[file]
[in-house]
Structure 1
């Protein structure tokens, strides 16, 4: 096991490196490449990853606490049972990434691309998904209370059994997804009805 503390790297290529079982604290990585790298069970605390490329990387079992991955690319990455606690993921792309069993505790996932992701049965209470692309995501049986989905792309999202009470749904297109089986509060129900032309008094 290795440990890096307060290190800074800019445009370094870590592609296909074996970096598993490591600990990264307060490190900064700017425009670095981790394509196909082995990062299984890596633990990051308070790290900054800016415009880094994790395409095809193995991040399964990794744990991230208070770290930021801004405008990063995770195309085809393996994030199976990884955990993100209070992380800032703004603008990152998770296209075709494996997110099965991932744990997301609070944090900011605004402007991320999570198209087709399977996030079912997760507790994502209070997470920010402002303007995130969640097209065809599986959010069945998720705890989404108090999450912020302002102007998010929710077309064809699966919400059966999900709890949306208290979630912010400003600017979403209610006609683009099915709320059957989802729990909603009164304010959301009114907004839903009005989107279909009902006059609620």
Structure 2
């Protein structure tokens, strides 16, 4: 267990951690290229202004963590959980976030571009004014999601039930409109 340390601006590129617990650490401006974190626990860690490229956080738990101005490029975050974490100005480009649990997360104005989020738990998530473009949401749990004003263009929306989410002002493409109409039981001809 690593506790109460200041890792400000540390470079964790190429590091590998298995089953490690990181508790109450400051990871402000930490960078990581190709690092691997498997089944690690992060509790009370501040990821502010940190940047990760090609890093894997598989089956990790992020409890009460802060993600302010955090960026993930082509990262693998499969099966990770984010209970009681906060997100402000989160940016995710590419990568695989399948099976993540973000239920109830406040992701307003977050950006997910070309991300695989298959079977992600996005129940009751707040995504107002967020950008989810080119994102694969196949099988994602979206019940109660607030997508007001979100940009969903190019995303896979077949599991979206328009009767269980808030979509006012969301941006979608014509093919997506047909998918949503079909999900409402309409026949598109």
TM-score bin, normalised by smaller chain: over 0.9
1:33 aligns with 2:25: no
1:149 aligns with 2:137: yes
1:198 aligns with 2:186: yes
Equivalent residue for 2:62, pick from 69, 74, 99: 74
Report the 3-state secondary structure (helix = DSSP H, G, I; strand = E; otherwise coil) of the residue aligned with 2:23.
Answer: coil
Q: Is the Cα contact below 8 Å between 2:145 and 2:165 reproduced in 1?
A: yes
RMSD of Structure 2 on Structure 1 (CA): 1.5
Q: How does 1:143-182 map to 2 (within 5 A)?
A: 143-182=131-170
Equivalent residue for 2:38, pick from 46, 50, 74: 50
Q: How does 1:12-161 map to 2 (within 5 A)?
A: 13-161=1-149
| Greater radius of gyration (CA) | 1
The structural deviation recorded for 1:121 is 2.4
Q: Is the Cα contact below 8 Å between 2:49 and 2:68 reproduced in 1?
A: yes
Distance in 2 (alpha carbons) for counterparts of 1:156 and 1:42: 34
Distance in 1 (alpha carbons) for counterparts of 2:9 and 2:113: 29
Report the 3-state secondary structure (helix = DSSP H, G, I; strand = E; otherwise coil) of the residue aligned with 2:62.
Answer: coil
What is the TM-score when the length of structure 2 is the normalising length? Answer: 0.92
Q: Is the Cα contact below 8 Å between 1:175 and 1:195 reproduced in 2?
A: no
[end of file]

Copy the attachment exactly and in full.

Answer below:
[in-house]
Structure 1
């Protein structure tokens, strides 16, 4: 096991490196490449990853606490049972990434691309998904209370059994997804009805 503390790297290529079982604290990585790298069970605390490329990387079992991955690319990455606690993921792309069993505790996932992701049965209470692309995501049986989905792309999202009470749904297109089986509060129900032309008094 290795440990890096307060290190800074800019445009370094870590592609296909074996970096598993490591600990990264307060490190900064700017425009670095981790394509196909082995990062299984890596633990990051308070790290900054800016415009880094994790395409095809193995991040399964990794744990991230208070770290930021801004405008990063995770195309085809393996994030199976990884955990993100209070992380800032703004603008990152998770296209075709494996997110099965991932744990997301609070944090900011605004402007991320999570198209087709399977996030079912997760507790994502209070997470920010402002303007995130969640097209065809599986959010069945998720705890989404108090999450912020302002102007998010929710077309064809699966919400059966999900709890949306208290979630912010400003600017979403209610006609683009099915709320059957989802729990909603009164304010959301009114907004839903009005989107279909009902006059609620």
Structure 2
């Protein structure tokens, strides 16, 4: 267990951690290229202004963590959980976030571009004014999601039930409109 340390601006590129617990650490401006974190626990860690490229956080738990101005490029975050974490100005480009649990997360104005989020738990998530473009949401749990004003263009929306989410002002493409109409039981001809 690593506790109460200041890792400000540390470079964790190429590091590998298995089953490690990181508790109450400051990871402000930490960078990581190709690092691997498997089944690690992060509790009370501040990821502010940190940047990760090609890093894997598989089956990790992020409890009460802060993600302010955090960026993930082509990262693998499969099966990770984010209970009681906060997100402000989160940016995710590419990568695989399948099976993540973000239920109830406040992701307003977050950006997910070309991300695989298959079977992600996005129940009751707040995504107002967020950008989810080119994102694969196949099988994602979206019940109660607030997508007001979100940009969903190019995303896979077949599991979206328009009767269980808030979509006012969301941006979608014509093919997506047909998918949503079909999900409402309409026949598109």
TM-score bin, normalised by smaller chain: over 0.9
1:33 aligns with 2:25: no
1:149 aligns with 2:137: yes
1:198 aligns with 2:186: yes
Equivalent residue for 2:62, pick from 69, 74, 99: 74
Report the 3-state secondary structure (helix = DSSP H, G, I; strand = E; otherwise coil) of the residue aligned with 2:23.
Answer: coil
Q: Is the Cα contact below 8 Å between 2:145 and 2:165 reproduced in 1?
A: yes
RMSD of Structure 2 on Structure 1 (CA): 1.5
Q: How does 1:143-182 map to 2 (within 5 A)?
A: 143-182=131-170
Equivalent residue for 2:38, pick from 46, 50, 74: 50
Q: How does 1:12-161 map to 2 (within 5 A)?
A: 13-161=1-149
| Greater radius of gyration (CA) | 1
The structural deviation recorded for 1:121 is 2.4
Q: Is the Cα contact below 8 Å between 2:49 and 2:68 reproduced in 1?
A: yes
Distance in 2 (alpha carbons) for counterparts of 1:156 and 1:42: 34
Distance in 1 (alpha carbons) for counterparts of 2:9 and 2:113: 29
Report the 3-state secondary structure (helix = DSSP H, G, I; strand = E; otherwise coil) of the residue aligned with 2:62.
Answer: coil
What is the TM-score when the length of structure 2 is the normalising length? Answer: 0.92
Q: Is the Cα contact below 8 Å between 1:175 and 1:195 reproduced in 2?
A: no